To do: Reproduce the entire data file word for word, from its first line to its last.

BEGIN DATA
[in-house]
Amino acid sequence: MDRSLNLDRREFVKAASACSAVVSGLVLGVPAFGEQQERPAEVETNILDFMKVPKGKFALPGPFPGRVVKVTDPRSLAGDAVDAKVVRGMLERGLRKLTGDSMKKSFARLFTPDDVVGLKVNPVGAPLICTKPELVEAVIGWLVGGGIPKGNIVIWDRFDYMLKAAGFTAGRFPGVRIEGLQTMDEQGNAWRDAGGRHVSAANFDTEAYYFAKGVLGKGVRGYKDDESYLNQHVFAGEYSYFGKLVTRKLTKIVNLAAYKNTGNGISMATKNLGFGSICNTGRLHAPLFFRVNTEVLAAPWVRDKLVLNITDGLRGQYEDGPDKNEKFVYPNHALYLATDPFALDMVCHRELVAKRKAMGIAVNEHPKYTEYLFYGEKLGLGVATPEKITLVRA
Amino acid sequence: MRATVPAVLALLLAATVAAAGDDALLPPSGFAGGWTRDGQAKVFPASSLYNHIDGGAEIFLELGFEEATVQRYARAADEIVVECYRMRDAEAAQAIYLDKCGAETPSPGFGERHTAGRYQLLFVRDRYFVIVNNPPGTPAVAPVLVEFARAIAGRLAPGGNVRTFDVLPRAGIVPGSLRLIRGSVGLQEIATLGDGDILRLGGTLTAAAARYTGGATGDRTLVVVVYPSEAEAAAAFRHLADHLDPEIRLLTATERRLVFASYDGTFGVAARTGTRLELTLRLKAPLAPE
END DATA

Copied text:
[in-house]
Amino acid sequence: MDRSLNLDRREFVKAASACSAVVSGLVLGVPAFGEQQERPAEVETNILDFMKVPKGKFALPGPFPGRVVKVTDPRSLAGDAVDAKVVRGMLERGLRKLTGDSMKKSFARLFTPDDVVGLKVNPVGAPLICTKPELVEAVIGWLVGGGIPKGNIVIWDRFDYMLKAAGFTAGRFPGVRIEGLQTMDEQGNAWRDAGGRHVSAANFDTEAYYFAKGVLGKGVRGYKDDESYLNQHVFAGEYSYFGKLVTRKLTKIVNLAAYKNTGNGISMATKNLGFGSICNTGRLHAPLFFRVNTEVLAAPWVRDKLVLNITDGLRGQYEDGPDKNEKFVYPNHALYLATDPFALDMVCHRELVAKRKAMGIAVNEHPKYTEYLFYGEKLGLGVATPEKITLVRA
Amino acid sequence: MRATVPAVLALLLAATVAAAGDDALLPPSGFAGGWTRDGQAKVFPASSLYNHIDGGAEIFLELGFEEATVQRYARAADEIVVECYRMRDAEAAQAIYLDKCGAETPSPGFGERHTAGRYQLLFVRDRYFVIVNNPPGTPAVAPVLVEFARAIAGRLAPGGNVRTFDVLPRAGIVPGSLRLIRGSVGLQEIATLGDGDILRLGGTLTAAAARYTGGATGDRTLVVVVYPSEAEAAAAFRHLADHLDPEIRLLTATERRLVFASYDGTFGVAARTGTRLELTLRLKAPLAPE